The rise of bank and non-bank credit to Asian firms has been one of the big themes in the regional economy in recent years.
An International Monetary Fund (IMF) report today suggests the rise in leverage has been modest but warns the longer-term impact needs to be watched.
There’s been an increase in bank credit-to-GDP ratios in nearly all economies in the region particularly in the financial centres of Hong Kong and Singapore.
In an article titled, ‘Corporate Leverage in Asia: A Fault Line?’, the IMF notes the growth of credit in China and Vietnam, and how corporate bonds are being issued by companies across the region with volumes at levels higher than before the global financial crisis.
The IMF says:
“This reﬂects both the forces of financial globalisation, as larger firms have successfully issued abroad, and the low global interest rate environment, which has led to the search for yield by global investors and a compression in corporate risk premiums across the board.”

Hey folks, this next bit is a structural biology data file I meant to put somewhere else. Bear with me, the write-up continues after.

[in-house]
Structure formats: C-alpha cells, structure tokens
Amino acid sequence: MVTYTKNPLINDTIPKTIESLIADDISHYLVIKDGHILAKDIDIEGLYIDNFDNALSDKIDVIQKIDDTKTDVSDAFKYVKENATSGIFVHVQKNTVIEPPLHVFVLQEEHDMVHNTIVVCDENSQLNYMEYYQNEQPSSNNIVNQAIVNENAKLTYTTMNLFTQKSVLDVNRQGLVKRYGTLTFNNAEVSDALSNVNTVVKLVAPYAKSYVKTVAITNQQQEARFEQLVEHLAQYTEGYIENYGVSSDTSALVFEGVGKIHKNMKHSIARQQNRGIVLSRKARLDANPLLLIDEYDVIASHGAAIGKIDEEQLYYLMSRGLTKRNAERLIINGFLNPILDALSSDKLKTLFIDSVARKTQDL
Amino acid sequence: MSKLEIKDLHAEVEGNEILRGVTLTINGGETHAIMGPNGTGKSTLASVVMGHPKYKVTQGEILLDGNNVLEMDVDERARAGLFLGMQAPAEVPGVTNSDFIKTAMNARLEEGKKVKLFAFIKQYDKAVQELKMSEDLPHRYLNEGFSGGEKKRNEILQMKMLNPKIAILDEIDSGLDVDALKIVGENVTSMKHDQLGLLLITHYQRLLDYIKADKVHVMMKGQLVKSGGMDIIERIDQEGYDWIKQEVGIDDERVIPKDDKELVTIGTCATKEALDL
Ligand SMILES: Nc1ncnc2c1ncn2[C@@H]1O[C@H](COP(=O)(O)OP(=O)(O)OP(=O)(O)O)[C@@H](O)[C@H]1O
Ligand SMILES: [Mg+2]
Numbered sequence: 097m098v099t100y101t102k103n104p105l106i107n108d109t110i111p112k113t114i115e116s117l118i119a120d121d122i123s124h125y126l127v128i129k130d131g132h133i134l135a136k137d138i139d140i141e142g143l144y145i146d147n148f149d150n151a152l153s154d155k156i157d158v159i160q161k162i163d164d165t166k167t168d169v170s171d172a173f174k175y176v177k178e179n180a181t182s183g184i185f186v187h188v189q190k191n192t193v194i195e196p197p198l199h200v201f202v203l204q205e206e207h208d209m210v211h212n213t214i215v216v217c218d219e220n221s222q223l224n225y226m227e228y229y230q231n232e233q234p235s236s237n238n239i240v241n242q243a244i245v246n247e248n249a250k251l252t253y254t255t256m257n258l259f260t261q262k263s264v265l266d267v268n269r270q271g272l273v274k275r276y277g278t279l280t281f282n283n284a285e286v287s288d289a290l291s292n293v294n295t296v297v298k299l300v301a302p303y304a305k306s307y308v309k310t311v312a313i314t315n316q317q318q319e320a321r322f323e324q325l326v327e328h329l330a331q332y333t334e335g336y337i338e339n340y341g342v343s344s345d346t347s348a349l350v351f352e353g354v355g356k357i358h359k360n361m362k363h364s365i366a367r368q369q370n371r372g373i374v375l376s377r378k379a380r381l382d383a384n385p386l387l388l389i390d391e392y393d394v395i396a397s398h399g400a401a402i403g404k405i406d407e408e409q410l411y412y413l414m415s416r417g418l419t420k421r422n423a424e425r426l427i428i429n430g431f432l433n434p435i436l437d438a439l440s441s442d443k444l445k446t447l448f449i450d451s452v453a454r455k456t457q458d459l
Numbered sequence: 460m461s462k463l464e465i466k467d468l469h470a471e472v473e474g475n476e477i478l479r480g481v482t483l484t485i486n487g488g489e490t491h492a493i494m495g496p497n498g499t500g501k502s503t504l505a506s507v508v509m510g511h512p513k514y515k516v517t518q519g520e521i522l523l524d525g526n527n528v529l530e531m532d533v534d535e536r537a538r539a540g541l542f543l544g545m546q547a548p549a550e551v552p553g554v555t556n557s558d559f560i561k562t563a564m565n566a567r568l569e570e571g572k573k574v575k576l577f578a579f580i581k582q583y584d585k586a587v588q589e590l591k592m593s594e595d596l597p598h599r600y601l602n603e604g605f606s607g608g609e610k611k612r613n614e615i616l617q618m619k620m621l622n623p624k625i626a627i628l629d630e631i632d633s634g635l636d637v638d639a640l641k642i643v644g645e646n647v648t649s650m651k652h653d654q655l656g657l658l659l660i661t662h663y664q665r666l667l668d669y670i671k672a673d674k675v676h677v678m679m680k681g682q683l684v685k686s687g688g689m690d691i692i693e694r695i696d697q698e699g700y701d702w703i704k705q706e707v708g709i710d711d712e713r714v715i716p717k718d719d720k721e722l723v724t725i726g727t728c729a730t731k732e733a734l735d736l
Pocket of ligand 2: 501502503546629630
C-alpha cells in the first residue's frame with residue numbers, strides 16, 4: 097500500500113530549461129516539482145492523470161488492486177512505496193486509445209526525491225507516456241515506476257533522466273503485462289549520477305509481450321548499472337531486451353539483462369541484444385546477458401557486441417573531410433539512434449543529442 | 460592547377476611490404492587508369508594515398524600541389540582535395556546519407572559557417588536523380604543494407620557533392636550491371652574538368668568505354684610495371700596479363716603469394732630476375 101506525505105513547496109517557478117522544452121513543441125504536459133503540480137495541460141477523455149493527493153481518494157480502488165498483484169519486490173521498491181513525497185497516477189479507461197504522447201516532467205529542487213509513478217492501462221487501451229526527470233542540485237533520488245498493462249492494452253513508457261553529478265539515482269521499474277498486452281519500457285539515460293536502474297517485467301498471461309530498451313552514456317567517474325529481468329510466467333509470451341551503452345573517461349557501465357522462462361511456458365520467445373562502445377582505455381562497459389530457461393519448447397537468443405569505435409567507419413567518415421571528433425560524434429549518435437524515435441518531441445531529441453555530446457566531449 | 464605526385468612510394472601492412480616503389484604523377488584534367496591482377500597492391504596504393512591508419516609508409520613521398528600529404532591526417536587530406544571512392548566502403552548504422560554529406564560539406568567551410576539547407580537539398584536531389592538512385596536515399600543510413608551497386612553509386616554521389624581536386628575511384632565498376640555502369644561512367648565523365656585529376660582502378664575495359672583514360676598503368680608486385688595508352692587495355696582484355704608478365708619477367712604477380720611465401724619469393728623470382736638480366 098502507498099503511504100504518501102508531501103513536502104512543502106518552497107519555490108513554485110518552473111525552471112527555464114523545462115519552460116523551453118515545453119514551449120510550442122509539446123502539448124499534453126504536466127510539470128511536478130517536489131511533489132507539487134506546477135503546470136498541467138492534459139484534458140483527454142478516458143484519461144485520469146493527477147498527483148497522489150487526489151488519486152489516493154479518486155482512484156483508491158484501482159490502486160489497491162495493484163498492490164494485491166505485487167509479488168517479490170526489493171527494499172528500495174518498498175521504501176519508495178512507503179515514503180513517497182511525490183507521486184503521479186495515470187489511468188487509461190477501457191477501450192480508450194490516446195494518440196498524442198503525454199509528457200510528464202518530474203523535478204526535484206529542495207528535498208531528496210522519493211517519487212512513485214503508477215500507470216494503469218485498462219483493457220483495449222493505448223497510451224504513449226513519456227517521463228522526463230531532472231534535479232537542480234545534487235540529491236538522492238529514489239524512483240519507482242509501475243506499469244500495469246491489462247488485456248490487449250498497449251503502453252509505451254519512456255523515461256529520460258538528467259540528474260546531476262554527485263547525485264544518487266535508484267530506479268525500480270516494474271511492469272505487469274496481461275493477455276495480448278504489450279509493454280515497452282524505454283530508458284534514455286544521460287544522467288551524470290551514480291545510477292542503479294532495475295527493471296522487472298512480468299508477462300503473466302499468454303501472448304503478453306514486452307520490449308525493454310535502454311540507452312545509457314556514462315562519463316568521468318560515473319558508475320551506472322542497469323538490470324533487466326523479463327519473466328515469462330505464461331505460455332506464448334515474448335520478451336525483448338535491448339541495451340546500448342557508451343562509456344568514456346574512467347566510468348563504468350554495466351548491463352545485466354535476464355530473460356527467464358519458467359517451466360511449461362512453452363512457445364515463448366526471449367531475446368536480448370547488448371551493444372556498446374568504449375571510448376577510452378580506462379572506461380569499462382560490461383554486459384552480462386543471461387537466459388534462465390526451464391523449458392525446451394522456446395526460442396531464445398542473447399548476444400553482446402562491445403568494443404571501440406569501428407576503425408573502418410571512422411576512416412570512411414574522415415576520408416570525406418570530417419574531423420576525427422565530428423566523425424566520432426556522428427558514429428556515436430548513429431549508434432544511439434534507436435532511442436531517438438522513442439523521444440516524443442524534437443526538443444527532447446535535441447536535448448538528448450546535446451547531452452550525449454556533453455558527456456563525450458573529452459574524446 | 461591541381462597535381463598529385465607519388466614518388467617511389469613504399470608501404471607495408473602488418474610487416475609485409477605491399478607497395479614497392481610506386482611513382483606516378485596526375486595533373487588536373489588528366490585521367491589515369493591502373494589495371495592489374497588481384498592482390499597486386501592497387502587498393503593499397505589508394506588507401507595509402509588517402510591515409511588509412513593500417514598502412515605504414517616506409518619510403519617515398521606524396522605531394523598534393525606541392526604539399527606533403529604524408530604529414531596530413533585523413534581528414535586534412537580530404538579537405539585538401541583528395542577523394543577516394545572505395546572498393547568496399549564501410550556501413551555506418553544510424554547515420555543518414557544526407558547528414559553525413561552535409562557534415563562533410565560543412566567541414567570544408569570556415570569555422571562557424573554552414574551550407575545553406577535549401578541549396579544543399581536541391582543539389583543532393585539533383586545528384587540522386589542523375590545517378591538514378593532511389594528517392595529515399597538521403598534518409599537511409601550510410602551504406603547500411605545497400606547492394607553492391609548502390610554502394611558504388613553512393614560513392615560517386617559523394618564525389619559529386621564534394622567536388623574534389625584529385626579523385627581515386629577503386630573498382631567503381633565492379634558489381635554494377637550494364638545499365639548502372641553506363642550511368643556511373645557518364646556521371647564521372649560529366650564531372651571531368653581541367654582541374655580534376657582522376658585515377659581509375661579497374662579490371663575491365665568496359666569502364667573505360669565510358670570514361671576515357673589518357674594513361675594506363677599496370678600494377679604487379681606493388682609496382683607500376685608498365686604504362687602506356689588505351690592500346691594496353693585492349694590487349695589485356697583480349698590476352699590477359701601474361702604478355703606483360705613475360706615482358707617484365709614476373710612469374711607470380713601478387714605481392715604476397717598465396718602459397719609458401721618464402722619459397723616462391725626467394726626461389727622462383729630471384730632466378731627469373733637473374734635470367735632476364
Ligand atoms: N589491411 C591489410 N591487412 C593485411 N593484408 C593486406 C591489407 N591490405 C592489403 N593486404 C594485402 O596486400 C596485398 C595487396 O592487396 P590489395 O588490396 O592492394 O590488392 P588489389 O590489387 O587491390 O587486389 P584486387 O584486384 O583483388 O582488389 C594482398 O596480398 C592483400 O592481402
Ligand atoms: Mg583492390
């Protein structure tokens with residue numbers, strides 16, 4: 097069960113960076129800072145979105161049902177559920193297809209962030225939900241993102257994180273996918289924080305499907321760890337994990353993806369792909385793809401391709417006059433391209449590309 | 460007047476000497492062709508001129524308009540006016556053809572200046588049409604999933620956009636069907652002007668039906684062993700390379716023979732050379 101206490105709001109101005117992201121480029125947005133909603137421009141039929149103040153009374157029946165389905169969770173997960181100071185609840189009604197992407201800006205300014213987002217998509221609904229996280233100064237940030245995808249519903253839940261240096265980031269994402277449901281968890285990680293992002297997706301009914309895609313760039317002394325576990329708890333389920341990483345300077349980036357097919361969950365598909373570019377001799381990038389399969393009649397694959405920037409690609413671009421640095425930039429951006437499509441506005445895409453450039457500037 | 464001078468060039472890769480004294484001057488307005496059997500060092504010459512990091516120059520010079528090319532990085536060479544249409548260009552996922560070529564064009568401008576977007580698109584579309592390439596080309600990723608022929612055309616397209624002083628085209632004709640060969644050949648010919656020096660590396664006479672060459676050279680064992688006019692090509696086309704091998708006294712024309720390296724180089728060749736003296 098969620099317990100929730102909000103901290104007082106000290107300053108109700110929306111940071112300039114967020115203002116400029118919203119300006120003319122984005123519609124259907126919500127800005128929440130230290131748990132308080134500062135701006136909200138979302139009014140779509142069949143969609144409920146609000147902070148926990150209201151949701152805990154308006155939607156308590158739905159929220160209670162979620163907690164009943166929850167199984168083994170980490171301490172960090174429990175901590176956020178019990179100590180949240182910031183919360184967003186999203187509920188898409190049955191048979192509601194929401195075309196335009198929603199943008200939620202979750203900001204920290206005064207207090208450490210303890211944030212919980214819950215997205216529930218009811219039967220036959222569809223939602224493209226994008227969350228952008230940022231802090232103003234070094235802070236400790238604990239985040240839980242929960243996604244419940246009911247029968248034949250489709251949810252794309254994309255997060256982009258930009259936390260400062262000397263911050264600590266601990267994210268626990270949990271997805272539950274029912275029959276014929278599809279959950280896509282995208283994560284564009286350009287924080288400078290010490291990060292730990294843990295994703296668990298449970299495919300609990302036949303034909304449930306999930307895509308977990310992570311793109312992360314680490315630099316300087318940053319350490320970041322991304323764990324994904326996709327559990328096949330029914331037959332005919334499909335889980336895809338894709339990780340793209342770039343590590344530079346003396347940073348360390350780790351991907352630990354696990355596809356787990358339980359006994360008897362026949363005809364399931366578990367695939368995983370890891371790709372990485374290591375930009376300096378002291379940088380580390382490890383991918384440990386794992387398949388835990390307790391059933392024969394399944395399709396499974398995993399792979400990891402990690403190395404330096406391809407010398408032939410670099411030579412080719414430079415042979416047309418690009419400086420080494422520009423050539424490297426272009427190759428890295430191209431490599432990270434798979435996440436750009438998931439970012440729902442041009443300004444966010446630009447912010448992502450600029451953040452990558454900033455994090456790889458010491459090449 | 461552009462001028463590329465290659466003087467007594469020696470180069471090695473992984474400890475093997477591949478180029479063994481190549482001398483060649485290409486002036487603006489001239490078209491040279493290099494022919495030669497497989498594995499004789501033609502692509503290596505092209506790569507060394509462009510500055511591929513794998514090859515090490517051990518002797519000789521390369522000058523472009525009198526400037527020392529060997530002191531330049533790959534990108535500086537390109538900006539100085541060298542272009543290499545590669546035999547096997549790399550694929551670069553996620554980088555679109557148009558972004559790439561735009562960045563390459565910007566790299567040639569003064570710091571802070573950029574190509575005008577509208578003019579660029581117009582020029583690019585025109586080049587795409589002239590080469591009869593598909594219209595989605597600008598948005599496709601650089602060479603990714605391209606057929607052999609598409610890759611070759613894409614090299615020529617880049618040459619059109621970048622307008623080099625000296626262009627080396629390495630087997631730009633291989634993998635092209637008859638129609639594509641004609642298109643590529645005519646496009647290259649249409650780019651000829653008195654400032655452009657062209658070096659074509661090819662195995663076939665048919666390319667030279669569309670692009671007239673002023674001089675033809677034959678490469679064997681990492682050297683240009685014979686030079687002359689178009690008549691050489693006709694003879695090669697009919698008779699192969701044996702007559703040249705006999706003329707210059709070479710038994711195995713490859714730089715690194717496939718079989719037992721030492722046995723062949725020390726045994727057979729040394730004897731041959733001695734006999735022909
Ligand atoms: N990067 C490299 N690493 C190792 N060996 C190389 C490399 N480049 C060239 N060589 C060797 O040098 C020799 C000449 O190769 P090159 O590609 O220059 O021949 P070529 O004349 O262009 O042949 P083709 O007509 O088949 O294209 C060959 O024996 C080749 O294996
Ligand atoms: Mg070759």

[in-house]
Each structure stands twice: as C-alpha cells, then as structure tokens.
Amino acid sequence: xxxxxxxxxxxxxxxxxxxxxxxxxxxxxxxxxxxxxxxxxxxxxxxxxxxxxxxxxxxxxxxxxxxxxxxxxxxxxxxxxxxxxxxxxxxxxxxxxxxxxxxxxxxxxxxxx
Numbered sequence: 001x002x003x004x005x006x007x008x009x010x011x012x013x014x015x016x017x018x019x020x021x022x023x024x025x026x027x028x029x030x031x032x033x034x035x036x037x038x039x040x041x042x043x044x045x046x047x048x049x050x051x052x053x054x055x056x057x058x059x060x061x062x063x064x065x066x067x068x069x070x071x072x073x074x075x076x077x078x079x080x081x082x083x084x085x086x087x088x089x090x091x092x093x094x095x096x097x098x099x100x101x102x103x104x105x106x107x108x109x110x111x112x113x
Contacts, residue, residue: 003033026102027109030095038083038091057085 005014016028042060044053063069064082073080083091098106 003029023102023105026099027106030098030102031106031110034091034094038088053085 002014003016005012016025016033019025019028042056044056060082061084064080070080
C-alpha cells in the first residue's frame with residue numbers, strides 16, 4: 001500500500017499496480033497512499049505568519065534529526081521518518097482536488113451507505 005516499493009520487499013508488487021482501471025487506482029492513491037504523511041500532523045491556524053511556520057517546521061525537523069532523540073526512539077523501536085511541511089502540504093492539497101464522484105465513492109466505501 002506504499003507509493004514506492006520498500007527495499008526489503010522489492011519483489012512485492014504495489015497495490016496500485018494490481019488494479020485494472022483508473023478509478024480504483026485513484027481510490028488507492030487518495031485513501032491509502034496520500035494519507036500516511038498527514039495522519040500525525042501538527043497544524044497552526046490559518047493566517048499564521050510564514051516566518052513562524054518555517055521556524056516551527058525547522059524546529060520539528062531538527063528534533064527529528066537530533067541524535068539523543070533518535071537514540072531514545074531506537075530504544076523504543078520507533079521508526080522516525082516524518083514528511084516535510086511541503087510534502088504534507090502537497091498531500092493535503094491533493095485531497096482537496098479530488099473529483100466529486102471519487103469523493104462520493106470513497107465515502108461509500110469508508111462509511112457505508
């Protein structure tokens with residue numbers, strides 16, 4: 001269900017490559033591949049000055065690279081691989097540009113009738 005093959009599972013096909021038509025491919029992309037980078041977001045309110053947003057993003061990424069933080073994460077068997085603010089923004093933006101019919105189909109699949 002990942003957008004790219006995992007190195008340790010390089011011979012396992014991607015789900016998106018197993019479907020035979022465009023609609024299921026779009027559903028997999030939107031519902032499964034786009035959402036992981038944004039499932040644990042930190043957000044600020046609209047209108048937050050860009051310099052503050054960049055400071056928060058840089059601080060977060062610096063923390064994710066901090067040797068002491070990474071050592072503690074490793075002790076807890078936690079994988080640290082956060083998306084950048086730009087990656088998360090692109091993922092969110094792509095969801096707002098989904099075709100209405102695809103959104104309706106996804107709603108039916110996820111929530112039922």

As global interest rates start to rise, corporate vulnerabilities concealed by the easy credit environment may come to the fore.
While corporate profitability has remained relatively robust in Asia, reflecting a combination of strong growth and relatively low borrowing costs, a rapid rise in corporate borrowing has increased leverage.
The IMF says:
“This has raised questions about the long-term solvency of the corporate sector, particularly in economies where a significant share of corporate debt is owed by companies with relatively low liquidity and low profitability (in relation to their debt service).
“Nevertheless, so far, the rise in aggregate leverage has been modest and does not ring alarm bells.”
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